Intelligence committee to meet on govt email hacking

Intelligence committee to meet on govt email hacking

New Delhi: India’s joint intelligence committee (JIC) will hold a meeting on Tuesday to resolve issues between two important wings of the Union government over the alleged compromise of hundreds of email accounts, including those of the home secretary, Indian embassies, members of the armed forces and top bureaucrats.

NTRO, which is the country’s elite technical intelligence agency, has prepared a list of hundreds of email accounts that have been “compromised" over the last one year. The agency was formed in 2004 with the mandate of developing technical capabilities in aviation, cyber security and strategic monitoring.

Among those email accounts that the agency says have been hacked are those of the home secretary, the tourism and culture secretary, the earth and sciences secretary, the naval attaché to Teheran, several Indian missions abroad, top investigators of the Central Bureau of Investigation and the armed forces. Mint has reviewed the list of email accounts said to be compromised.

The agency, which now wants to further investigate the source of the hacking, has sought information from NIC.

A high-ranking NTRO official, who did not want to be identified, confirmed that information has been sought from NIC for further investigation and a meeting is to be held on Tuesday on the subject.

The row blew up after NIC refused to cooperate as it feared that the move would breach the privacy of the officials concerned. NIC provides email accounts to all government organizations and officials. The Times of Indianewspaper had first reported the row between the agencies.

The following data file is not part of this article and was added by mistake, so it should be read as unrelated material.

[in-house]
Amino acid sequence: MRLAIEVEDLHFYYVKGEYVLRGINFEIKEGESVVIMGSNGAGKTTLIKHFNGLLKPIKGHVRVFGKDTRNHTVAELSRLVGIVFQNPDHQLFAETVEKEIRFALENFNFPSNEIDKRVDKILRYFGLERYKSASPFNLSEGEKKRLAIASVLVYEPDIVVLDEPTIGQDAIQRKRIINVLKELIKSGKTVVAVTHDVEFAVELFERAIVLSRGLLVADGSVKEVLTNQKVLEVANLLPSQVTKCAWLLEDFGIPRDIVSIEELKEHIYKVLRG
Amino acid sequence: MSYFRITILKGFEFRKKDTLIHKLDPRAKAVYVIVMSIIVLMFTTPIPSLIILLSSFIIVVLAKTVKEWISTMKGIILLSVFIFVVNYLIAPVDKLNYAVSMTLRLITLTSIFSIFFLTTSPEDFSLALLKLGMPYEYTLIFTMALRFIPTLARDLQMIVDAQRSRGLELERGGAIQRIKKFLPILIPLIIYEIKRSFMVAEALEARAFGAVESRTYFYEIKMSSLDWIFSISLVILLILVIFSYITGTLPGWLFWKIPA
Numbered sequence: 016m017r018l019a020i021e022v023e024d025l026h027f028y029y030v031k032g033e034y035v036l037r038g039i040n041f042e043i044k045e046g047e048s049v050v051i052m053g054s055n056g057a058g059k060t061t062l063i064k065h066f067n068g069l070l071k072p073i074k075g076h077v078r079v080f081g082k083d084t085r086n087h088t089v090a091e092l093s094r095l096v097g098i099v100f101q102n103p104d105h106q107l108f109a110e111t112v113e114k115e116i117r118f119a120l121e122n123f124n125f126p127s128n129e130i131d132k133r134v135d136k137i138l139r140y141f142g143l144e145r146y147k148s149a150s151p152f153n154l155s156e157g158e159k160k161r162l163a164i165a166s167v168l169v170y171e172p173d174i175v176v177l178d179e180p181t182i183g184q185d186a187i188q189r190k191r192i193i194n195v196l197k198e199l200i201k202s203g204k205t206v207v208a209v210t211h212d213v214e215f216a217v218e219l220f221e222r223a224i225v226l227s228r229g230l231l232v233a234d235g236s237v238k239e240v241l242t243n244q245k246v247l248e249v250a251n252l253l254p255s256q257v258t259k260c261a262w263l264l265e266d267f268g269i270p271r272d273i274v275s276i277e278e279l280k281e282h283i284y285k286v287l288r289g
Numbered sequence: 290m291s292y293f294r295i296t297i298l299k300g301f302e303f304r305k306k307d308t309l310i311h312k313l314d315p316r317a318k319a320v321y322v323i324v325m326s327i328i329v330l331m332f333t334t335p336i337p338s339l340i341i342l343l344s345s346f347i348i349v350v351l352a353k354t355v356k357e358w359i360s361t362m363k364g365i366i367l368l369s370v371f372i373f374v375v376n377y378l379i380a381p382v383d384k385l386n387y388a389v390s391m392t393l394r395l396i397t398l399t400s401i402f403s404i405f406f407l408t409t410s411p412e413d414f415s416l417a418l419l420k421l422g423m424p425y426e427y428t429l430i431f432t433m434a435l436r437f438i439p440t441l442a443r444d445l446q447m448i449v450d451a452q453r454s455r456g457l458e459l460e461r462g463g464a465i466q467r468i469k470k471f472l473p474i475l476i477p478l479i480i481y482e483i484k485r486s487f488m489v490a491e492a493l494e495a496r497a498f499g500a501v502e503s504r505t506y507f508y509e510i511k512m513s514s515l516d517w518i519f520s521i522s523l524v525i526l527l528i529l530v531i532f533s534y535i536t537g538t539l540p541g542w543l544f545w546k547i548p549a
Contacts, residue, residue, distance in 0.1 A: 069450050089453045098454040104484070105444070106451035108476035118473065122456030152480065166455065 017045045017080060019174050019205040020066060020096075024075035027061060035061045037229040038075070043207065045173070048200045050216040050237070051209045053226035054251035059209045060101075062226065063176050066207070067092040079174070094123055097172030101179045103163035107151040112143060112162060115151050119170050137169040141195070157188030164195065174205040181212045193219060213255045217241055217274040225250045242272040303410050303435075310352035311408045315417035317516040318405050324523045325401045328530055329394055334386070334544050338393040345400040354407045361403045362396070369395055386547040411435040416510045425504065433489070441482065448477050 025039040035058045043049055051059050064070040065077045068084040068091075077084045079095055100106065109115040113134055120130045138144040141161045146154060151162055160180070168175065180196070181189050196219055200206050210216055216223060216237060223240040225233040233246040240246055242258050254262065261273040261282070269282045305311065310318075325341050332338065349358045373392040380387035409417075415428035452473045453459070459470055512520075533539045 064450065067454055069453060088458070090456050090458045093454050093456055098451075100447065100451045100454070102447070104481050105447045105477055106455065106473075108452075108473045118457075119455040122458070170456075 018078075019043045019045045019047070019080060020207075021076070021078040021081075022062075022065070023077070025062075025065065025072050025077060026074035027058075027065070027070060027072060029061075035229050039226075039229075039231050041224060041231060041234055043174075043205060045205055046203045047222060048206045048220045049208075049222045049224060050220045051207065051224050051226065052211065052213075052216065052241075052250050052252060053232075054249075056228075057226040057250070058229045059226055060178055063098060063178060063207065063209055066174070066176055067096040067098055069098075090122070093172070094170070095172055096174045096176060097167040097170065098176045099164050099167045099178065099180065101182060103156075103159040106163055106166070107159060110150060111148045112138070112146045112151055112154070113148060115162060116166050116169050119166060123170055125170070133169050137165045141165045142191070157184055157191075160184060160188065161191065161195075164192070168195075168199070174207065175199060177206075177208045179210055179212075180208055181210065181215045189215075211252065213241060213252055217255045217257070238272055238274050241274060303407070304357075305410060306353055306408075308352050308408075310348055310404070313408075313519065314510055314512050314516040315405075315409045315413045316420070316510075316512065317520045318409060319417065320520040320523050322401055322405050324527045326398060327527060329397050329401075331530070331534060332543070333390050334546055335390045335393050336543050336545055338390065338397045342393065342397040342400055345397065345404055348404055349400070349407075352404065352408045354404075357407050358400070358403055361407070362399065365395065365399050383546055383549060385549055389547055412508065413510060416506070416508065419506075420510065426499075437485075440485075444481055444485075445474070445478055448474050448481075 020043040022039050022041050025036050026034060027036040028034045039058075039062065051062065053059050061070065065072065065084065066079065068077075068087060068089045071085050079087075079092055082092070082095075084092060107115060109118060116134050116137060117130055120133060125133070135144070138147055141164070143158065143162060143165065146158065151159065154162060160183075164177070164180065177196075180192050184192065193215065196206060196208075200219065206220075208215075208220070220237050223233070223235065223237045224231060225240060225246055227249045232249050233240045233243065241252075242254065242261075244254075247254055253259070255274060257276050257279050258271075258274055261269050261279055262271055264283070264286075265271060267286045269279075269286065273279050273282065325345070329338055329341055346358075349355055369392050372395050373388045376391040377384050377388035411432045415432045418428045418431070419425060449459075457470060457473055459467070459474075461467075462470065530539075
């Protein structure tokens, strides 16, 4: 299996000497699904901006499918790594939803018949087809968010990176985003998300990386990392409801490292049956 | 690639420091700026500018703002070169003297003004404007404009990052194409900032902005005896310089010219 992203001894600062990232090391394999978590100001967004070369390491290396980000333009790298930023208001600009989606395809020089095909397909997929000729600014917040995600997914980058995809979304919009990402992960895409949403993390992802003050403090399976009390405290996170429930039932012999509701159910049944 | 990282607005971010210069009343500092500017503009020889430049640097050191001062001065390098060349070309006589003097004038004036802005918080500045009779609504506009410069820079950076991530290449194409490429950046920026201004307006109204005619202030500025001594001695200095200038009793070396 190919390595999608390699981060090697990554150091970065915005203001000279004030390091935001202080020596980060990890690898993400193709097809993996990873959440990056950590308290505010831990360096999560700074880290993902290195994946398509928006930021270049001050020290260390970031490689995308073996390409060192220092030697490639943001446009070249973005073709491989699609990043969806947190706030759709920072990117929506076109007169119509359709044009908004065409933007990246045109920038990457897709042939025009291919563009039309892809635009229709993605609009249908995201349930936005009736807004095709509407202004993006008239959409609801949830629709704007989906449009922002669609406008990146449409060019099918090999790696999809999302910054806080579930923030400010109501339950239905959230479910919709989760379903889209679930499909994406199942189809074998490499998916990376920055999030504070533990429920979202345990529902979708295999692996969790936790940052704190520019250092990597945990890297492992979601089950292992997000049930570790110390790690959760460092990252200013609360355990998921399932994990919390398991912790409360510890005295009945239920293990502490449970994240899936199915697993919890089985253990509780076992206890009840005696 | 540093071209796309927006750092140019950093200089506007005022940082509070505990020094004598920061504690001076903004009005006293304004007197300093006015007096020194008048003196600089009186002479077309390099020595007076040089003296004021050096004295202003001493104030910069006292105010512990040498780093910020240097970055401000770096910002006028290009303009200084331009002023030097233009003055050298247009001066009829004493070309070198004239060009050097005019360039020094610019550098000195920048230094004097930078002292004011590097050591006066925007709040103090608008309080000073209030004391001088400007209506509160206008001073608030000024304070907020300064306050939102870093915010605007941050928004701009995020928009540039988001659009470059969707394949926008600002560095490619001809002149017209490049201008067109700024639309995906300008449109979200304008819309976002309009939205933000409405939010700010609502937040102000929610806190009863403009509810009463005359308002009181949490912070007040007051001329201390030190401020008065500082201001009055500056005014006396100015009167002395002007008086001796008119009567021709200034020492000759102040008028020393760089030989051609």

“Their list runs up to 10,000. We cannot provide such large content to them. It violates the basic principle of privacy and sparks fear among officials," said a high-ranking official, who also spoke on condition of anonymity. “We are not even sure whether they have the mandate to seek content. It requires permission from the Union home secretary under the Information Technology Act. The fear is more as NTRO has recently been in the news over illegal off-the-air interception."

The official said the matter has been jointly examined by NTRO and the Computer Emergency Response Team (CERT-In), which is under the department of electronics and information technology (DIETY). NIC is also a part of DIETY.

Those within and outside government are questioning whether NTRO has the mandate to seek content from NIC.

NTRO’s mandate is to provide systems to ensure cyber safety, said S.D. Pradhan, a former JIC chairman. “They have no mandate to go into what has been hacked. They have to develop systems so that there is no breach in future," he said.

“NTRO basically collects intelligence through technical means in that they are responsible for cyber security, both offensive and defensive. Certain amount of analysis is also attached with it. But they do not have to (investigate the) content of what has been hacked. This falls under the domain of CERT-In," Pradhan added.

An intelligence official, speaking on condition of anonymity, said NTRO is only supposed to provide logistics and raw inputs. “And is not actually supposed to look into and analyse. They don’t have the expertise or mandate," he said.

NTRO’s surveillance devices, contrary to norms, were deployed more often in the national capital than in border areas, Mint had reported on 18 May 2011. Under new standard operating procedures issued earlier this year, NTRO can only intercept signals at the international borders.

sahil.m@livemint.com

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